According to John Davenport, Chief Creative Officer at Havas Southern Africa, one of the main reasons that brands will be tempted to stay silent is because they are scared of saying the wrong thing. And this is indeed a risk, but it is one that is relatively easily avoided.
To state the very obvious, our society is going through a hugely traumatic event at the moment. Society as a whole and people as individuals are hurting. Brands can either ignore this, or not. And it’s a big call, because brands that ignore what is happening and stay silent may pay a high price. Because when this is all over — and sooner than we think it probably will be — they may find that other brands, who had the courage to reach out to consumers when they were scared, confused and hungry for information, have formed bonds with those customers that it will be hard to break.
Which is why brands should probably try and do right now, rather than say. Actually, helping consumers because one genuinely cares about one’s customers is not only the smart thing to do, it is the right thing to do. A meaningful brand will have no difficulty doing this, because they know what their consumers want and play a real role in their lives.
The problem is that according to our research, well over 70% of brands are not meaningful. They over-promise and under-deliver, eroding their relationship with the consumer until it’s non-existent. Being meaningful is all about being honest. And the truth is that people are under enormous economic pressure, that anxiety is at fever-pitch and nobody really knows what is going to happen. A courageous, meaningful brand will acknowledge this, and then look for ways to practically help the consumer during this profoundly difficult time.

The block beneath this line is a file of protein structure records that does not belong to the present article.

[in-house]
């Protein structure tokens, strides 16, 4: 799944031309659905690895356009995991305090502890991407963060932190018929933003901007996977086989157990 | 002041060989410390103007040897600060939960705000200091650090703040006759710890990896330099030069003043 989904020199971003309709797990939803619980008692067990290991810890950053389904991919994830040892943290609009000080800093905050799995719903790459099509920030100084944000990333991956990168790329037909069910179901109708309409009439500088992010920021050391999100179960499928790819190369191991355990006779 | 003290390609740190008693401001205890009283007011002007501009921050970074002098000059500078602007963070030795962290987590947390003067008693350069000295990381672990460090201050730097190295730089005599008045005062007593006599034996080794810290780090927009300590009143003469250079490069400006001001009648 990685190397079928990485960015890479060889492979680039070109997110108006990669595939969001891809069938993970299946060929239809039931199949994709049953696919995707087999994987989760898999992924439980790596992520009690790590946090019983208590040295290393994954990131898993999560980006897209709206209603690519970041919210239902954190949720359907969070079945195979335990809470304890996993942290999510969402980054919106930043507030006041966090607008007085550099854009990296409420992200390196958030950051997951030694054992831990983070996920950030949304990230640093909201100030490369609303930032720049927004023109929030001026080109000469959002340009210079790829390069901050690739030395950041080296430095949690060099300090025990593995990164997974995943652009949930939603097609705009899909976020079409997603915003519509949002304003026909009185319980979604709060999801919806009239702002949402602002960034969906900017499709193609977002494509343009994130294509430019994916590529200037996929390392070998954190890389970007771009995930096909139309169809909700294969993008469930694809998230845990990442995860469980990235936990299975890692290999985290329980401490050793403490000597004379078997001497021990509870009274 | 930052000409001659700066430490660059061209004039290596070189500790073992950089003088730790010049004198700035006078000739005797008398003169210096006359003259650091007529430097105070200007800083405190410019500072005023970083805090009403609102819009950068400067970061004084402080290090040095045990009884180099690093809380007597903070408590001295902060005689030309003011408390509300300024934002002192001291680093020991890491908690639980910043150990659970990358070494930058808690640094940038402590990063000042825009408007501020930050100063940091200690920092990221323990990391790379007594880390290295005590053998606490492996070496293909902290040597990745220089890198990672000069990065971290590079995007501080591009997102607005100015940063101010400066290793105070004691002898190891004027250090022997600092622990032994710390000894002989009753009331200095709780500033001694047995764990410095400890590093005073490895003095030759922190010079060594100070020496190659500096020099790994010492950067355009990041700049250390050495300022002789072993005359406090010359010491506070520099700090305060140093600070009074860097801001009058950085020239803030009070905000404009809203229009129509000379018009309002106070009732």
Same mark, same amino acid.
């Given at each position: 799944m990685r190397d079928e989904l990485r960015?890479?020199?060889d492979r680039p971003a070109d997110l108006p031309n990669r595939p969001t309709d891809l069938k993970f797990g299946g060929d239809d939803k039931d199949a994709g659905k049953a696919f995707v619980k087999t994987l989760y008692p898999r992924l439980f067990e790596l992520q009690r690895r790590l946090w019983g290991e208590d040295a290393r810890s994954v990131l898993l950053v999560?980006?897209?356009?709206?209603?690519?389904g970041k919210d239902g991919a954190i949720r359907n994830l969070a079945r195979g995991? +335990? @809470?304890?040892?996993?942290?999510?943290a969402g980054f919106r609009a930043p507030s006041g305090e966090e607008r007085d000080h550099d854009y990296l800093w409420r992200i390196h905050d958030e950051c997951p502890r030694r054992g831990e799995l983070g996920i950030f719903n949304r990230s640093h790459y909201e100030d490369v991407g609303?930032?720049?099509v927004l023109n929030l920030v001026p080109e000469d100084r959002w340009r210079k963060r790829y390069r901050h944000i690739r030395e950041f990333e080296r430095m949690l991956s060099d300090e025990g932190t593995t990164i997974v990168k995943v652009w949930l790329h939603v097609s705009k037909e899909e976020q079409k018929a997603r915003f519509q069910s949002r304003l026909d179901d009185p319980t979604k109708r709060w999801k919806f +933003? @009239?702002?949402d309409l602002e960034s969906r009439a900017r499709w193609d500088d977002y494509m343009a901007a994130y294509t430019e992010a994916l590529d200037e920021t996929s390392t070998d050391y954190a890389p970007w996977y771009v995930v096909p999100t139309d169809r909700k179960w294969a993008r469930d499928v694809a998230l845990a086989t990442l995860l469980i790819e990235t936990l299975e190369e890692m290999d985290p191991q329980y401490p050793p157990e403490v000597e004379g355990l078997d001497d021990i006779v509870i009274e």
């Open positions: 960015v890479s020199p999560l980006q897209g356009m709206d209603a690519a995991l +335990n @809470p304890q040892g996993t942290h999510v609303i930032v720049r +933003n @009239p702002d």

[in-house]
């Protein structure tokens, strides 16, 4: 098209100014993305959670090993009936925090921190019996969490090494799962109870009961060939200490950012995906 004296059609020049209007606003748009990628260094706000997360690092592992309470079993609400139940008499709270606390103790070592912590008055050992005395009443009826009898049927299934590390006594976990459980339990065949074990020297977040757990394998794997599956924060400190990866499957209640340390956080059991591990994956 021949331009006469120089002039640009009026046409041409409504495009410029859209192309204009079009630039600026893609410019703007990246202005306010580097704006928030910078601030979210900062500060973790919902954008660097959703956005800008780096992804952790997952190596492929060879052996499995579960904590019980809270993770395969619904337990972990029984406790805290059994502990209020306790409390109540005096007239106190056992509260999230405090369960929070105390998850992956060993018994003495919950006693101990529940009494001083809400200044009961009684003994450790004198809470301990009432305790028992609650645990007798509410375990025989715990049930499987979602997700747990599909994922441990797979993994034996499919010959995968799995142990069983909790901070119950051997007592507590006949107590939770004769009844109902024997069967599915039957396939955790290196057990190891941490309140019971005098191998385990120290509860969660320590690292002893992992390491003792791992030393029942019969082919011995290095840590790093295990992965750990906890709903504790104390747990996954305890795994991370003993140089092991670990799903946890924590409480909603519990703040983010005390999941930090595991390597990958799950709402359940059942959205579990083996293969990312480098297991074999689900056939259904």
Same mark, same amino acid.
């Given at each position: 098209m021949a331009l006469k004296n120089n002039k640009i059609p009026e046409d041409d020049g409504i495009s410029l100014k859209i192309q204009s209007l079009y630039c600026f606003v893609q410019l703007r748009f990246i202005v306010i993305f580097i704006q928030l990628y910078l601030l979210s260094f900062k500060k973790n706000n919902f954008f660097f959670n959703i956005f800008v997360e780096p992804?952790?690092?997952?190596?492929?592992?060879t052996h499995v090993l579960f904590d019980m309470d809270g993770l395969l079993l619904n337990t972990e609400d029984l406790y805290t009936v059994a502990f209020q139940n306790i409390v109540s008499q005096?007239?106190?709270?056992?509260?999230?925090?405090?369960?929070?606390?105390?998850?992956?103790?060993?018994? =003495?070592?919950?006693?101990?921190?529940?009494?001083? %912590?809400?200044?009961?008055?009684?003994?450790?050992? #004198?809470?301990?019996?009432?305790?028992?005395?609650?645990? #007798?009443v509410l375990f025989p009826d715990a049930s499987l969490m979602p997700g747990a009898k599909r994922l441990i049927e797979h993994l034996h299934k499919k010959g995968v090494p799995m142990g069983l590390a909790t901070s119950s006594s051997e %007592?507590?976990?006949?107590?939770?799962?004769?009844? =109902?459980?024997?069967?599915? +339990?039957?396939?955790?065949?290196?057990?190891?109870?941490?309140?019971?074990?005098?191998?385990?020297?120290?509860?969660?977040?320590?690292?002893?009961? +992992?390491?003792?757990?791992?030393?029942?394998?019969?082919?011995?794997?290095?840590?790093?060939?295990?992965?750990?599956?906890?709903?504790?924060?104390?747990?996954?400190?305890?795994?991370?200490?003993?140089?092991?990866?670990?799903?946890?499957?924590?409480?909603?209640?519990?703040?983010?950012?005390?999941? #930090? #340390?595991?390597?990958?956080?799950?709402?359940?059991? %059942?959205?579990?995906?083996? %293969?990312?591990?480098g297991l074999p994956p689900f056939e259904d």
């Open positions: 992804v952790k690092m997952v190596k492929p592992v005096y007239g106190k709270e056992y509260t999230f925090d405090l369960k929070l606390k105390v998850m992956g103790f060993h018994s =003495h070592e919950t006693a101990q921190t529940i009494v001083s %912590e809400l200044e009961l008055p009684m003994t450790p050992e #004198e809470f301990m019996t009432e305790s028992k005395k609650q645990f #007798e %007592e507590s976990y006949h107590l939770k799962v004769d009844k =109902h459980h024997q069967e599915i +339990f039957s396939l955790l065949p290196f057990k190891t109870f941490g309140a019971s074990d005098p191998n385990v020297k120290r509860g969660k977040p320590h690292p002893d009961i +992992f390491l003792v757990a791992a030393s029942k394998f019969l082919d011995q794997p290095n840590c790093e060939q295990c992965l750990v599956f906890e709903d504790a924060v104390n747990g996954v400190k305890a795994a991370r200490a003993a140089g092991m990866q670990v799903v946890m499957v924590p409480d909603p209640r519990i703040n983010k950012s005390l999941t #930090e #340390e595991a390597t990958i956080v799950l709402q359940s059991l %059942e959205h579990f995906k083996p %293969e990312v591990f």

There are many examples of brands that have done this. Some brands are cutting the purchase price of multiple essential items in their retail outlets — that’s helping. Some companies have showed people how to disinfect high-touch areas inside the car, and make people a little bit safer. Some travel companies have helped spread the word that self-isolation is the only way forward through this pandemic instead of promoting destinations.
The three things that can get brands into trouble during the pandemic:
1) Using this crisis as a time to sell.
2) Pretending to be concerned when they aren’t.
3) Deafly ignoring the fact that poorer people have very different, and more serious, problems than having to stay at home and be driven crazy by the kids in a five-bedroom house with Netflix, food from that new grocery store delivery app and a house-keeper who is confined to house arrest with you.
When a brand is truly meaningful, we like to say that it is tapping into the brand’s ‘best self’ and behaving accordingly. So, while things are very hard at the moment, we would argue that the worst thing a brand can do is disappear. When things are going well, we, as brands, are in people’s faces 24/7, so now that people are going through a moment of profound crisis, it is wrong to just disappear like the fairest of fair-weather friends. People need information, reassurance and help. And if we can give them a tiny bit of that, we must. Which is why at this point in time, brands should primarily do rather than say.